Want to feel more hopeful about your prospects for aging well? Look around: You’ll see clear evidence that a lot of how you age is pretty much up to you.
I just turned 47, and when I look around me, I see people in their 50s and 60s who have the fitness and vitality of people in their early 30s. Sure, they have some gray hair and wrinkles, but as a rule, those look good on them. And if you didn’t look at their faces or hair, you probably would have a hard time guessing their true age.
I know because I bike with a group of guys a little older than me — many in their early 50s — and in helmets and sunglasses, particularly when they’re passing you at 30 miles an hour, it’s tough to tell them from their much younger counterparts.
One guy in particular, my pal Elrie, just keeps getting better with age. I met him 25 years ago. Back then, he smoked three packs a day, didn’t exercise much, and had no real energy or vitality about him. On a bad day, he easily looked (and probably felt) 10 years older than he was.
Today, Elrie is so fit and healthy that hardly any of the younger guys in our biking group can outpace him. He looks terrific, has tons of energy, and since he’s seven years older than me, I think of him as a sort of role model for vital aging.
He’s also a testament to how over-engineered the human body is: It’s so brilliantly designed that (if properly maintained) it can coast to 100 in a healthy, vibrant state. Even without proper maintenance, our bodies can carry us through decades with only minimal complaint. They can also rally and recover from all kinds of abuse — from the neglect of a sedentary lifestyle to a three-pack-a-day habit like Elrie’s.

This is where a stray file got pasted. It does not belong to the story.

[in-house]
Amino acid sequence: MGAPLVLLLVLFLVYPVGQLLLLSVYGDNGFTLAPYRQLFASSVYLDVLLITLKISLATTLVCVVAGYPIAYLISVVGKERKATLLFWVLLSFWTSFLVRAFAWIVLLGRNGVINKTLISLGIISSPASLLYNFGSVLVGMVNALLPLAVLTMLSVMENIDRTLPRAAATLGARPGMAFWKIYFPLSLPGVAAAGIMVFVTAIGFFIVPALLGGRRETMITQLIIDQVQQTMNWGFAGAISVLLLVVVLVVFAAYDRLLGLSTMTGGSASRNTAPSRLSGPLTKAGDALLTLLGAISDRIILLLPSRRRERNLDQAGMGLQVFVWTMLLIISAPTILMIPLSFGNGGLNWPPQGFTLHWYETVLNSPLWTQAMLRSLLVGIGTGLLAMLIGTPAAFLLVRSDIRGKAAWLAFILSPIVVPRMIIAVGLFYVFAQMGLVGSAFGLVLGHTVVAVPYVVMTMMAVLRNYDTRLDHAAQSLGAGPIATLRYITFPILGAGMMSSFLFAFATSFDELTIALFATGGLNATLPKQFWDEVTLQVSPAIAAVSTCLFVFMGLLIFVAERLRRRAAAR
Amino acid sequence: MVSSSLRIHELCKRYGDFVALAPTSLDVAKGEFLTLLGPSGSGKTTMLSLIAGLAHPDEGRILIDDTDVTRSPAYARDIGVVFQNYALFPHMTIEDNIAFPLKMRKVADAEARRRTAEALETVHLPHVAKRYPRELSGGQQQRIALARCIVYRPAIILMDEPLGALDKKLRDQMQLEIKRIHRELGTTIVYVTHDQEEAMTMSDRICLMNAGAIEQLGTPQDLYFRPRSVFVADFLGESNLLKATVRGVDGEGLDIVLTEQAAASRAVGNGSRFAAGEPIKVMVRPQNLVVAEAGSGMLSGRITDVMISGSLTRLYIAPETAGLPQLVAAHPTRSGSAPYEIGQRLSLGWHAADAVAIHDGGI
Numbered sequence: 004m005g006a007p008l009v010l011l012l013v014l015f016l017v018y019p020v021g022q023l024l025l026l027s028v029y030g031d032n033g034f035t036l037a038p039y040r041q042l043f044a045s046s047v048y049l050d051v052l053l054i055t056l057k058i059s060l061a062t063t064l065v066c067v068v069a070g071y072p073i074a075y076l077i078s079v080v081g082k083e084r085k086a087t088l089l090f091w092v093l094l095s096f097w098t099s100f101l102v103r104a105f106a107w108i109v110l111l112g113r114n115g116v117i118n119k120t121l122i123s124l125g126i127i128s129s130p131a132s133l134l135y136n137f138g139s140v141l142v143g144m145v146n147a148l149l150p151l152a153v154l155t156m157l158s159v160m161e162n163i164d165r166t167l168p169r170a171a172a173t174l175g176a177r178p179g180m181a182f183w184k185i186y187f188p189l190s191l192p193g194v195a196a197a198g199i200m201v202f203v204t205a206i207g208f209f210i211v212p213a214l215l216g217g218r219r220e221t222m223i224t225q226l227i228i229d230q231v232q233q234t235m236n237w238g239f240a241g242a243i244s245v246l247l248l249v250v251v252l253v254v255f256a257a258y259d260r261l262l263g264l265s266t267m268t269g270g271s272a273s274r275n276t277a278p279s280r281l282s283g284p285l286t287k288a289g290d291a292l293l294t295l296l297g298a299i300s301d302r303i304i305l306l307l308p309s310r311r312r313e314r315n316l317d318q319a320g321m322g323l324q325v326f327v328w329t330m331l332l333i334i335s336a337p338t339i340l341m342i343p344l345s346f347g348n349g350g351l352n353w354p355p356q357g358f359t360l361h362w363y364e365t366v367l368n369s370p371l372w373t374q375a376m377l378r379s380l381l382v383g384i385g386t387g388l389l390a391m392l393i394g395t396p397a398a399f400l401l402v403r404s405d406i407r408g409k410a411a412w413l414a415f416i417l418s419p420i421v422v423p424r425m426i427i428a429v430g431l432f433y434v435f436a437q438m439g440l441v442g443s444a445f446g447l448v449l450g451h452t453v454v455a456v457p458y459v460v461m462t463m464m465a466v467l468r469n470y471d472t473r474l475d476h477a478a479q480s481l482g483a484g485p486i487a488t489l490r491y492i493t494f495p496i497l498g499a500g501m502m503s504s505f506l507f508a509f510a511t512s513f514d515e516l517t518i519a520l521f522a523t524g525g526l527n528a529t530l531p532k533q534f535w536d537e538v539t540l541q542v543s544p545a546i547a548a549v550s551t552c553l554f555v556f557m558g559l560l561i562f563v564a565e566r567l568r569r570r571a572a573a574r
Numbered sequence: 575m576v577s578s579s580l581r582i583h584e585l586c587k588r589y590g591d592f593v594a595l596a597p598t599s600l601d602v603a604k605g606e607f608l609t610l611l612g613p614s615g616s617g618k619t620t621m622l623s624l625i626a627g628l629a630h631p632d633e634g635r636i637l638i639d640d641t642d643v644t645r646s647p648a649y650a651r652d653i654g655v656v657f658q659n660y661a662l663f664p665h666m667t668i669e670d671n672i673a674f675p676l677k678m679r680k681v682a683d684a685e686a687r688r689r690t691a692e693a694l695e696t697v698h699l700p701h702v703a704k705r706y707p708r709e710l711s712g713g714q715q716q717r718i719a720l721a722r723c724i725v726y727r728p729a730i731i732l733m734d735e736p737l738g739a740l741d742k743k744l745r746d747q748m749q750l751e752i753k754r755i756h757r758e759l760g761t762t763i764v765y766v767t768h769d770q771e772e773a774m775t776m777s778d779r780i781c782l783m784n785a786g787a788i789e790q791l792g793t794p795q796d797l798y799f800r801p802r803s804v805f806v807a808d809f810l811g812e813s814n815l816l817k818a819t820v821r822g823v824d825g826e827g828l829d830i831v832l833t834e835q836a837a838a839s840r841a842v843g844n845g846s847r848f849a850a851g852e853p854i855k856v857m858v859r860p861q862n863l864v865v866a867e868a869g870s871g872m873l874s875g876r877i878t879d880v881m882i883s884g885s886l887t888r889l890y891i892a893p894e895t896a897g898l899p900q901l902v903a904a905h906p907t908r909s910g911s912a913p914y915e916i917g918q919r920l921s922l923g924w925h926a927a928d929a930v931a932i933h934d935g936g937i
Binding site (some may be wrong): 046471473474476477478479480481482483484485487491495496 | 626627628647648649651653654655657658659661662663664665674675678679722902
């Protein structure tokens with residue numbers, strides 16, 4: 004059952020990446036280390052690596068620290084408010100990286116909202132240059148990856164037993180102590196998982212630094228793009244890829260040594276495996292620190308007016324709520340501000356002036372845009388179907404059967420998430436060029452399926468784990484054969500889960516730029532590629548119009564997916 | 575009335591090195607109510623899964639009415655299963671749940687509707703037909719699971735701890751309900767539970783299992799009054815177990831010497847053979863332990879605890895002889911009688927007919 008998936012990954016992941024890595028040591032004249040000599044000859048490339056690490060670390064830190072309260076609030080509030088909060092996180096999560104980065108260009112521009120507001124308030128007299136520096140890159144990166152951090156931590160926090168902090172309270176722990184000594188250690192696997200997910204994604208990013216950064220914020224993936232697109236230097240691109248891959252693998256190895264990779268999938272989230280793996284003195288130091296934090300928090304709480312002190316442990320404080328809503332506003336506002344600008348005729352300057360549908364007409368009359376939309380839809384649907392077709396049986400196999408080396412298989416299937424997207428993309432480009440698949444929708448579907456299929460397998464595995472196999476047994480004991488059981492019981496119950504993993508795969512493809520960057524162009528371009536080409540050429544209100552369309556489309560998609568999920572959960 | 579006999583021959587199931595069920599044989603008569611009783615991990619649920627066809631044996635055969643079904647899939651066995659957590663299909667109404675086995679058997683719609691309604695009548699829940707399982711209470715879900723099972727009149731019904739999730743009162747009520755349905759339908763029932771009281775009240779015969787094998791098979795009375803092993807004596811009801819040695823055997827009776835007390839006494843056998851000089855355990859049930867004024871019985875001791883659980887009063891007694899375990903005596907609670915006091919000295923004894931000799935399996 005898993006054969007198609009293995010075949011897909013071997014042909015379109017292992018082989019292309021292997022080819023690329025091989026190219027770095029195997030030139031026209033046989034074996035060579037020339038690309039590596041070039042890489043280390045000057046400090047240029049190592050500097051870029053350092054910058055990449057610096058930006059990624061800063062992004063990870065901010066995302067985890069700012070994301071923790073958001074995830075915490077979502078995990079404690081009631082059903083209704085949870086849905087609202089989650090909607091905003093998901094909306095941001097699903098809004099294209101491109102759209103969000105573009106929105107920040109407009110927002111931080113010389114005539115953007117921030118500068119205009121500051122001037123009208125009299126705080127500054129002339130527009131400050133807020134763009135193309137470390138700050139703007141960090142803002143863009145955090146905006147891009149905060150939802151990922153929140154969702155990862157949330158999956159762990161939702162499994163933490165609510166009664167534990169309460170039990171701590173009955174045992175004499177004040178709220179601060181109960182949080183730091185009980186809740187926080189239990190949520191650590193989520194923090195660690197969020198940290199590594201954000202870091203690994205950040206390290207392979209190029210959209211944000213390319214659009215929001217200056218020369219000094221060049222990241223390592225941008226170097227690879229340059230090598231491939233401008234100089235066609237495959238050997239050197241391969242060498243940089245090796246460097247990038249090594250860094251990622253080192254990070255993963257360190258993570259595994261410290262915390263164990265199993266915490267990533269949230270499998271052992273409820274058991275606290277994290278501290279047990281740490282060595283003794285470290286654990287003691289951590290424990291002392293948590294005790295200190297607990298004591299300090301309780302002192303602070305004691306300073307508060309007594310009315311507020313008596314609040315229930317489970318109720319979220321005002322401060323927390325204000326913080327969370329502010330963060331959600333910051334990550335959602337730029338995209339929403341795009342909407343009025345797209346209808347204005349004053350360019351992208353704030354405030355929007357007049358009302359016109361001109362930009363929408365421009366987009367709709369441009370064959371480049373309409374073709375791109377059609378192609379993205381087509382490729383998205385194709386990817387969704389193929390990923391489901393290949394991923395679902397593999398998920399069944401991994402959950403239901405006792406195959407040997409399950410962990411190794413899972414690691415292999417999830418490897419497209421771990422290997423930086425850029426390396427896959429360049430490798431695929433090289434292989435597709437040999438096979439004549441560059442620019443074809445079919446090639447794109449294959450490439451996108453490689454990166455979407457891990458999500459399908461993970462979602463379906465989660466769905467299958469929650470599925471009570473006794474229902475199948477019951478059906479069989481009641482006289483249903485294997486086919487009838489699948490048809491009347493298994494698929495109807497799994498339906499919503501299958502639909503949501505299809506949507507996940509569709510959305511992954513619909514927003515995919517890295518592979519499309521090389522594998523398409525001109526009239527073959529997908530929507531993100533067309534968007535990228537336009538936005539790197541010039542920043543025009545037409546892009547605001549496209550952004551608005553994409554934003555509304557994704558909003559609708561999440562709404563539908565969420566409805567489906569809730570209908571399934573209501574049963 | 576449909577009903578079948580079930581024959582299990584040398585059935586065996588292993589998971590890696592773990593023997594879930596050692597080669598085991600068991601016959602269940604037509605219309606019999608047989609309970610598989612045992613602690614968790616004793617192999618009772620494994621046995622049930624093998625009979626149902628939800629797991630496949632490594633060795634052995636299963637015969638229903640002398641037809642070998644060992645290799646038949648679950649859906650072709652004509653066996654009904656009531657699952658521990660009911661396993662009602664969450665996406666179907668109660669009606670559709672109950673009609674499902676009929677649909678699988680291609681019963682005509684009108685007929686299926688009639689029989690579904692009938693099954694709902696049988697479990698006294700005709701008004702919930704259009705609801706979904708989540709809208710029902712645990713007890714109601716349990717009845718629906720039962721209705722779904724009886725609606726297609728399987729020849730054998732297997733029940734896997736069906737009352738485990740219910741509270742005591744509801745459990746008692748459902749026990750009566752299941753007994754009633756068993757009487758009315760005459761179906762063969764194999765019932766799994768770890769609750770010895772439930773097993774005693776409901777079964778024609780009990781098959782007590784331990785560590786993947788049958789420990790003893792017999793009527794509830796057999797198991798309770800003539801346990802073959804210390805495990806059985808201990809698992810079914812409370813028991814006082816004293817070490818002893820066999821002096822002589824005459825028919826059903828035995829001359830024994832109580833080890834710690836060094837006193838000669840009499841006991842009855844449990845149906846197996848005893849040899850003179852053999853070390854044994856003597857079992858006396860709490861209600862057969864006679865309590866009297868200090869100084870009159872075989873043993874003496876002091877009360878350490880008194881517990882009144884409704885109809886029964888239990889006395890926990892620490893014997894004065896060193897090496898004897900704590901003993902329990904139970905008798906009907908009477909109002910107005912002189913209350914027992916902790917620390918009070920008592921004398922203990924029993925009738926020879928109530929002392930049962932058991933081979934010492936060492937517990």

But remember the “evidence” I mentioned earlier? It works two ways: A body that’s getting what it needs can bounce back from early damage and become even better than it was in its youth. But a body that’s not well taken care of tends to start showing and feeling its age early on.
It’s up to each of us to decide. If you want to live life at your best now, to still be exploring your fitness limits in your 50s, 60s, 70s and beyond, and to hit your 90s still active and able to care for yourself, you’ll want to take the great advice offered up in this issue.
Meanwhile, here’s my own personal top 10 list of things you can do to age with grace and vitality:
- Strength train regularly — to maintain muscle mass and functional fitness.
- Do varied, balanced cardio workouts — to keep your heart, lungs and circulatory system strong and your oxygen delivery high.
- Get balance-building and proprioceptive exercise — to develop strong neurological connections and minimize the loss of balance that can lead to injuries.
- Maintain a regular stretching and flexibility practice, like yoga or Pilates — to prevent stiffness and maintain tendon elasticity and range of motion.
- Eat mostly whole, natural, high-volume foods (lots of veggies, fruits and legumes) — to get maximal nutrition density with low caloric intake, amplifying your immunity while minimizing unwanted weight gain.
- Avoid refined flours, sugars, preservatives and chemical additives — to minimize the toxic load on your body.
- Complement and enhance your food-based nutrition with supplements geared to your personal needs (at minimum, a multivitamin, a multimineral and essential fatty acids), to ensure you’re getting the building blocks your body requires for optimal health.
- Exercise your brain with mental challenges (new hobbies, riddles, puzzles, crosswords, math games, etc.) — to keep your synapses active and your gray matter growing.
- Spend time enjoying and respecting nature, relaxing and reflecting, and building strong relationships with the people you love — to balance your body-mind and nourish your soul.
- Find ways to give to the people and causes you care about — to share your gifts, express your gratitude and amplify your happiness.
If you’re doing all these things now, chances are you’re feeling pretty good. Keep it up, and you’ll probably keep on feeling good for a good, long time. That’s my plan, anyway.